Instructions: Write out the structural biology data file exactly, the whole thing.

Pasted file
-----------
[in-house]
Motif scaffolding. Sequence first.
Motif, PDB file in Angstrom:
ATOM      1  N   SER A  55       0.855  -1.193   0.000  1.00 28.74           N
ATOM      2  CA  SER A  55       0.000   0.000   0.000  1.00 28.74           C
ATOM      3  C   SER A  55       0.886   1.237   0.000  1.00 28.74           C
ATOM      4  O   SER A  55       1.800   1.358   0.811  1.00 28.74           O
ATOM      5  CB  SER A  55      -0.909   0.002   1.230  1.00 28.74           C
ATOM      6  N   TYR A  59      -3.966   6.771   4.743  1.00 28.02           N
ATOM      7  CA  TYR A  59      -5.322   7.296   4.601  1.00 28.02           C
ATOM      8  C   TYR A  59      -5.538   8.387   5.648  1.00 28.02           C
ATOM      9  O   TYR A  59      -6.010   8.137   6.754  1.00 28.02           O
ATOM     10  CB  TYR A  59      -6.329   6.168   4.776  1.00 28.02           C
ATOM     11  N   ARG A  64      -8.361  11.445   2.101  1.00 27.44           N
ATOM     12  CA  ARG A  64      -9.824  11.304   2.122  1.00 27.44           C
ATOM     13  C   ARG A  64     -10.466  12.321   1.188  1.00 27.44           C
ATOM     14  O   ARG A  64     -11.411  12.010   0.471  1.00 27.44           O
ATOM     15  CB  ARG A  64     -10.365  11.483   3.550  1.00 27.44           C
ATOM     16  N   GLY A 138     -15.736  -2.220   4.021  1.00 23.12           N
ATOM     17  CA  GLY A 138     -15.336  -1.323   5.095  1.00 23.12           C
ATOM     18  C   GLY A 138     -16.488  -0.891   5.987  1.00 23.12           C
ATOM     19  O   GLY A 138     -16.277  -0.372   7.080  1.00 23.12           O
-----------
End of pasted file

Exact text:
[in-house]
Motif scaffolding. Sequence first.
Motif, PDB file in Angstrom:
ATOM      1  N   SER A  55       0.855  -1.193   0.000  1.00 28.74           N
ATOM      2  CA  SER A  55       0.000   0.000   0.000  1.00 28.74           C
ATOM      3  C   SER A  55       0.886   1.237   0.000  1.00 28.74           C
ATOM      4  O   SER A  55       1.800   1.358   0.811  1.00 28.74           O
ATOM      5  CB  SER A  55      -0.909   0.002   1.230  1.00 28.74           C
ATOM      6  N   TYR A  59      -3.966   6.771   4.743  1.00 28.02           N
ATOM      7  CA  TYR A  59      -5.322   7.296   4.601  1.00 28.02           C
ATOM      8  C   TYR A  59      -5.538   8.387   5.648  1.00 28.02           C
ATOM      9  O   TYR A  59      -6.010   8.137   6.754  1.00 28.02           O
ATOM     10  CB  TYR A  59      -6.329   6.168   4.776  1.00 28.02           C
ATOM     11  N   ARG A  64      -8.361  11.445   2.101  1.00 27.44           N
ATOM     12  CA  ARG A  64      -9.824  11.304   2.122  1.00 27.44           C
ATOM     13  C   ARG A  64     -10.466  12.321   1.188  1.00 27.44           C
ATOM     14  O   ARG A  64     -11.411  12.010   0.471  1.00 27.44           O
ATOM     15  CB  ARG A  64     -10.365  11.483   3.550  1.00 27.44           C
ATOM     16  N   GLY A 138     -15.736  -2.220   4.021  1.00 23.12           N
ATOM     17  CA  GLY A 138     -15.336  -1.323   5.095  1.00 23.12           C
ATOM     18  C   GLY A 138     -16.488  -0.891   5.987  1.00 23.12           C
ATOM     19  O   GLY A 138     -16.277  -0.372   7.080  1.00 23.12           O